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Knee Surg Sports Traumatol Arthrosc. 2014 Jan;22(1):26-32. doi: 10.1007/s00167-012-2335-5. Epub 2012 Dec 19.

The prevention of injuries in contact flag football.

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Department of Rehabilitation Sciences and Physiotherapy, Ghent University, Ghent, Belgium,



American flag football is a non-tackle, contact sport with many moderate to severe contact-type injuries reported. A previous prospective injury surveillance study by the authors revealed a high incidence of injuries to the fingers, face, knee, shoulder and ankle. The objectives of the study were to conduct a pilot-prospective injury prevention study in an attempt to significantly reduce the incidence and the severity of injuries as compared to a historical cohort, as well as to provide recommendations for a future prospective injury prevention study.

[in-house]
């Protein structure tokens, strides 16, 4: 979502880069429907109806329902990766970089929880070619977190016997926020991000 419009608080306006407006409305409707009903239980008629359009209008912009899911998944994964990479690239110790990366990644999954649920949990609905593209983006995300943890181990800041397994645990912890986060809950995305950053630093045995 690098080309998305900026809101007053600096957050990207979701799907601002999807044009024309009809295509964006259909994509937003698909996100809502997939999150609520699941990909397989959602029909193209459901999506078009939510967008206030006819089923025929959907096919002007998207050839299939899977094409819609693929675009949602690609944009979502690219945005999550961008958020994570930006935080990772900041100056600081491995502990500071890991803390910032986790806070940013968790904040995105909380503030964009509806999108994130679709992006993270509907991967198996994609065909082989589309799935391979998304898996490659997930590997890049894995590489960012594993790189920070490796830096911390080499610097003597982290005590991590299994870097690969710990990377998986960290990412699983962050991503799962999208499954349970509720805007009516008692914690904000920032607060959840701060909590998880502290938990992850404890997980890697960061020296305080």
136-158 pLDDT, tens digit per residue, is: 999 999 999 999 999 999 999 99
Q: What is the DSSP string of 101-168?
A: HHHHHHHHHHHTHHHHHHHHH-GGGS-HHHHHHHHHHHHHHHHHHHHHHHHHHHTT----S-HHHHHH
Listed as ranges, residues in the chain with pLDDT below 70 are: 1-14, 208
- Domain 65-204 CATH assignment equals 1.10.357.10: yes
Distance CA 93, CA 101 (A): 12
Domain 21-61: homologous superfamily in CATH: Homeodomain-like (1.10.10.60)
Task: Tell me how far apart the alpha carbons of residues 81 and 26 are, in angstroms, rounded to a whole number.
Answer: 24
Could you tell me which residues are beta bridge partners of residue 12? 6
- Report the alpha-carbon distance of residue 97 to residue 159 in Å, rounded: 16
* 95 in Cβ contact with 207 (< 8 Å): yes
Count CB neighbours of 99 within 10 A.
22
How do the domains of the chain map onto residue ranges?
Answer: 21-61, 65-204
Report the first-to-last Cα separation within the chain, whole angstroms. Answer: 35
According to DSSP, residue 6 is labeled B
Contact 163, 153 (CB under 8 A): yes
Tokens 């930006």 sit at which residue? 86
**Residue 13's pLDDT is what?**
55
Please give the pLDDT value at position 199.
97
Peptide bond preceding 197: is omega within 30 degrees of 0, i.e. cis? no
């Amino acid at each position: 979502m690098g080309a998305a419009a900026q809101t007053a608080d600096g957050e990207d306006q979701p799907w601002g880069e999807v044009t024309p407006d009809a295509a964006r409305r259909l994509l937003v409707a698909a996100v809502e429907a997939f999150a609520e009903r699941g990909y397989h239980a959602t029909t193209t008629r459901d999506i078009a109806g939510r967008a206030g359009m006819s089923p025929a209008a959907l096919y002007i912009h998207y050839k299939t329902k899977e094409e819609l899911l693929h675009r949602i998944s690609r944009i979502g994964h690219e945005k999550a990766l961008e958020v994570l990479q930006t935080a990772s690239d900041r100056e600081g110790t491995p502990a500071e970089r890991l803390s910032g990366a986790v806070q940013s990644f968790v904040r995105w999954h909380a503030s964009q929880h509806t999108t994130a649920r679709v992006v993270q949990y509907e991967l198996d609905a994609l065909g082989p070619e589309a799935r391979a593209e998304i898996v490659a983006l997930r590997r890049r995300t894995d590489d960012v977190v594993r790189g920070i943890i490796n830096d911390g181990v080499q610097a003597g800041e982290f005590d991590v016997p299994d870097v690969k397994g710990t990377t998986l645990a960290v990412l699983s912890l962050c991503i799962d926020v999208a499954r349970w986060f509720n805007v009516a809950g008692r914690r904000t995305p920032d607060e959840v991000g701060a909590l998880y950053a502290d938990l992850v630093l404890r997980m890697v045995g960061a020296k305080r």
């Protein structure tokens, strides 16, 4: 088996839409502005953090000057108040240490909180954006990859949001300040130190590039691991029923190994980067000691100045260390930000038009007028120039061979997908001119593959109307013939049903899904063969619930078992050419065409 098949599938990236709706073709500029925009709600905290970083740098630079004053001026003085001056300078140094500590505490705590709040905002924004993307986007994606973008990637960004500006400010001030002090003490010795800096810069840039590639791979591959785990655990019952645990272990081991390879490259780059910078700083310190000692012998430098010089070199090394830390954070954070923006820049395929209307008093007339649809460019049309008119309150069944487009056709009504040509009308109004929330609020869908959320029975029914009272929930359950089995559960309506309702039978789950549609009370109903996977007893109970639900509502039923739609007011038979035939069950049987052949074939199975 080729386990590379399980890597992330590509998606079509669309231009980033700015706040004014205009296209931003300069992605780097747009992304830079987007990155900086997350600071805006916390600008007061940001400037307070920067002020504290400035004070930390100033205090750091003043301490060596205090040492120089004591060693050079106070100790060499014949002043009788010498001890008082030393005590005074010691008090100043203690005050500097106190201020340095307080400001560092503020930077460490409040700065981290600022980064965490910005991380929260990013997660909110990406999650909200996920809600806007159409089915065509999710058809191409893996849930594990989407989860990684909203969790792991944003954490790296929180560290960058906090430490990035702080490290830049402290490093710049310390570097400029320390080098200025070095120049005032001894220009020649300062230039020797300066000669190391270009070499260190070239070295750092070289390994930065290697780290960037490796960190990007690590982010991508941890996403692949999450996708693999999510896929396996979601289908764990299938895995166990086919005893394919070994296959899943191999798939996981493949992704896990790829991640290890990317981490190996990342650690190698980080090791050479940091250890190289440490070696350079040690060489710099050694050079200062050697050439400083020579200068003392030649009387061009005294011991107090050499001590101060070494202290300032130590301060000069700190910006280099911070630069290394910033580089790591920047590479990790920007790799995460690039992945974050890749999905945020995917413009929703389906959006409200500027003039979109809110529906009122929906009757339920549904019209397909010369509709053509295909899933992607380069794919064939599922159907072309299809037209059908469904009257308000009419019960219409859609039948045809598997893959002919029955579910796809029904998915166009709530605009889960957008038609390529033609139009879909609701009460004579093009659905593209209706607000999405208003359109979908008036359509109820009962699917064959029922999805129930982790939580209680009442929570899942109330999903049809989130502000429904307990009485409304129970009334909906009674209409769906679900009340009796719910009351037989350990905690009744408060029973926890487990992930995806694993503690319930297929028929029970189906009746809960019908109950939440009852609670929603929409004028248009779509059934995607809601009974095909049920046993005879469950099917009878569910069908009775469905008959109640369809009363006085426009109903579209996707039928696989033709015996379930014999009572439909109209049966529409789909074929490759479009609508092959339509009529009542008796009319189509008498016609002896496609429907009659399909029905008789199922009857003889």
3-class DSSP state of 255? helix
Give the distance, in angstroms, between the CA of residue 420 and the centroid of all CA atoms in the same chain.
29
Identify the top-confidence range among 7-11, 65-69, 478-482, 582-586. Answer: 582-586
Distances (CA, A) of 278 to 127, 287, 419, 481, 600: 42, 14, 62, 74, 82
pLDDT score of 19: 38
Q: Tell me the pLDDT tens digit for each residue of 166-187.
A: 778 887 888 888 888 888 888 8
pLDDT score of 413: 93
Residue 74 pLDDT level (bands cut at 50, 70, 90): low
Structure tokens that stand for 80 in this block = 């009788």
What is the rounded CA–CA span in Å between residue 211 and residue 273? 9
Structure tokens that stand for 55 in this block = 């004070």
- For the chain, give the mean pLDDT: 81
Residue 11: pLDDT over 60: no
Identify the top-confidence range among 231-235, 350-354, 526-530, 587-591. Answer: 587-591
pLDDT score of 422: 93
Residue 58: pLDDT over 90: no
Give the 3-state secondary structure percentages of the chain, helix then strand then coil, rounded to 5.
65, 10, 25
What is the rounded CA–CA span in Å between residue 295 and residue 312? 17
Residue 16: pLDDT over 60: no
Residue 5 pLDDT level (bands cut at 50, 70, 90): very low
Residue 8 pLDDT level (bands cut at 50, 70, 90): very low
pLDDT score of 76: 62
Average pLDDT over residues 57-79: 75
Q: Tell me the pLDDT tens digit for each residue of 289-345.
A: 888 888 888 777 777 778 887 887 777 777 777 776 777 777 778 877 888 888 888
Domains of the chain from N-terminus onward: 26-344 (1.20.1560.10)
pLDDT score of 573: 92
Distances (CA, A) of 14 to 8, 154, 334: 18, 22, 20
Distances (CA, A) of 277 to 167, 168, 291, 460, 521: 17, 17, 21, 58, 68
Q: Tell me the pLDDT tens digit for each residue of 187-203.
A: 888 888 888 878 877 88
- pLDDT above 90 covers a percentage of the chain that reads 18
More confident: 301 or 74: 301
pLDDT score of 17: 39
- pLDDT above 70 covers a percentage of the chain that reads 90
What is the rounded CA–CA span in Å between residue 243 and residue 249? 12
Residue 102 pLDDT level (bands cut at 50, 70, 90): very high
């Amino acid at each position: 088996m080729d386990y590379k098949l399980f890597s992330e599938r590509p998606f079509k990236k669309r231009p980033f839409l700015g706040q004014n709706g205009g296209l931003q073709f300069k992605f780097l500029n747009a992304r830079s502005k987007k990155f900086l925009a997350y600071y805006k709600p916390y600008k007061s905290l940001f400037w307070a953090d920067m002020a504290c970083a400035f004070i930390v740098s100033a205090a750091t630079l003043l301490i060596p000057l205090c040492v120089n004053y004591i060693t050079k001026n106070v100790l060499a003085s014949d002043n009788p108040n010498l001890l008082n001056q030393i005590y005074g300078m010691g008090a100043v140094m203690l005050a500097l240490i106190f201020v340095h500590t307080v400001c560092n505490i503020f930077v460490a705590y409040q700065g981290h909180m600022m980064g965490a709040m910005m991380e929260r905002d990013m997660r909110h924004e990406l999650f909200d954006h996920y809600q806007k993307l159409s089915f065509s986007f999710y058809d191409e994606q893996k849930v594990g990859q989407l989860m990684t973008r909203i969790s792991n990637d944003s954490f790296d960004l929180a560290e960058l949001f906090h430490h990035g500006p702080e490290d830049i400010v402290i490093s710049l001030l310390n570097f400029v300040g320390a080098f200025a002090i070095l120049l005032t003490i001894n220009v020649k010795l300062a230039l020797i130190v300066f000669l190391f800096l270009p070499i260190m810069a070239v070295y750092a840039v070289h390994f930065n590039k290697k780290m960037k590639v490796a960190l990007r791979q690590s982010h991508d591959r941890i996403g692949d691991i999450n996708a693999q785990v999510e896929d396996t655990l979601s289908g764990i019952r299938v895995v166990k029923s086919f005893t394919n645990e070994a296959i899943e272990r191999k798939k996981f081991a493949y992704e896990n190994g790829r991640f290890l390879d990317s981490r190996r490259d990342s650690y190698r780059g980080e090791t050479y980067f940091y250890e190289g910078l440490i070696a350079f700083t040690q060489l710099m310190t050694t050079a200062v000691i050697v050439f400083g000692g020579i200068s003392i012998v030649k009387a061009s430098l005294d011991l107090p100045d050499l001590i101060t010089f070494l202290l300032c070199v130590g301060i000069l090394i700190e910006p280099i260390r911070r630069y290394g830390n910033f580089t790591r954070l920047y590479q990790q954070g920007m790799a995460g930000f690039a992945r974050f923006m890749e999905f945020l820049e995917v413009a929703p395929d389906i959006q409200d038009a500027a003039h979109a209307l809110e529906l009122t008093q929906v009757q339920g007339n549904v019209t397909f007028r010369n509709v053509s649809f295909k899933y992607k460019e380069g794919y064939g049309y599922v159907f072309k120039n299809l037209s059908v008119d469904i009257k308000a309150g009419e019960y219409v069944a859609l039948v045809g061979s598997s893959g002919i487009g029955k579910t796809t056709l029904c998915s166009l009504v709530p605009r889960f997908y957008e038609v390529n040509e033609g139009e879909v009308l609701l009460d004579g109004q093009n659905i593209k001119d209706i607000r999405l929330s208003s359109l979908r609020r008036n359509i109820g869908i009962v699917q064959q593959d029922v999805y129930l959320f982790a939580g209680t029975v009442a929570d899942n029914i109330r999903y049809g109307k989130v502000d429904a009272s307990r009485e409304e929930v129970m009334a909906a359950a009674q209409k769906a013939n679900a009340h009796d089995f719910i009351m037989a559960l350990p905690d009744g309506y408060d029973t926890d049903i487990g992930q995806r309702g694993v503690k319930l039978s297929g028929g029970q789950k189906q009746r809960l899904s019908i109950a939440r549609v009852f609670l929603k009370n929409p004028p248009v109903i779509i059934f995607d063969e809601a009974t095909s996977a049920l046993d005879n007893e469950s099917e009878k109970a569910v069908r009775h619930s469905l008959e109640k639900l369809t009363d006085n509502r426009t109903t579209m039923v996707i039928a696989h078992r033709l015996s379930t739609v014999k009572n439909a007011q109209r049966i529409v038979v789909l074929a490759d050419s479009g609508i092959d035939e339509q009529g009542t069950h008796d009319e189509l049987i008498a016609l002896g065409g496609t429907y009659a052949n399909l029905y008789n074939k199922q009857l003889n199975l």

A prospective injury prevention study was conducted involving 724 amateur male (mean age: 20.0 ± 3.1 years) and 114 female (mean age: 21.2 ± 7.2 years) players. Four prevention measures were implemented: the no-pocket rule, self-fitting mouth guards, ankle braces (for those players with recurrent ankle sprains) and an injury treatment information brochure. An injury surveillance questionnaire was administered to record all time-loss injuries sustained in game sessions.


There was a statistically significant reduction in the number of injured players, the number of finger/hand injuries, the incidence rate and the incidence proportion between the two cohorts (p < 0.05).


This one-season pilot prevention study has provided preliminary evidence that finger/hand injuries can be significantly reduced in flag football. Prevention strategies for a longer, prospective, randomised-controlled injury prevention study should include the strict enforcement of the no-pocket rule, appropriate head gear, the use of comfortable-fitting ankle braces and mouth guards, and changing the blocking rules of the game.

[Indexed for MEDLINE]

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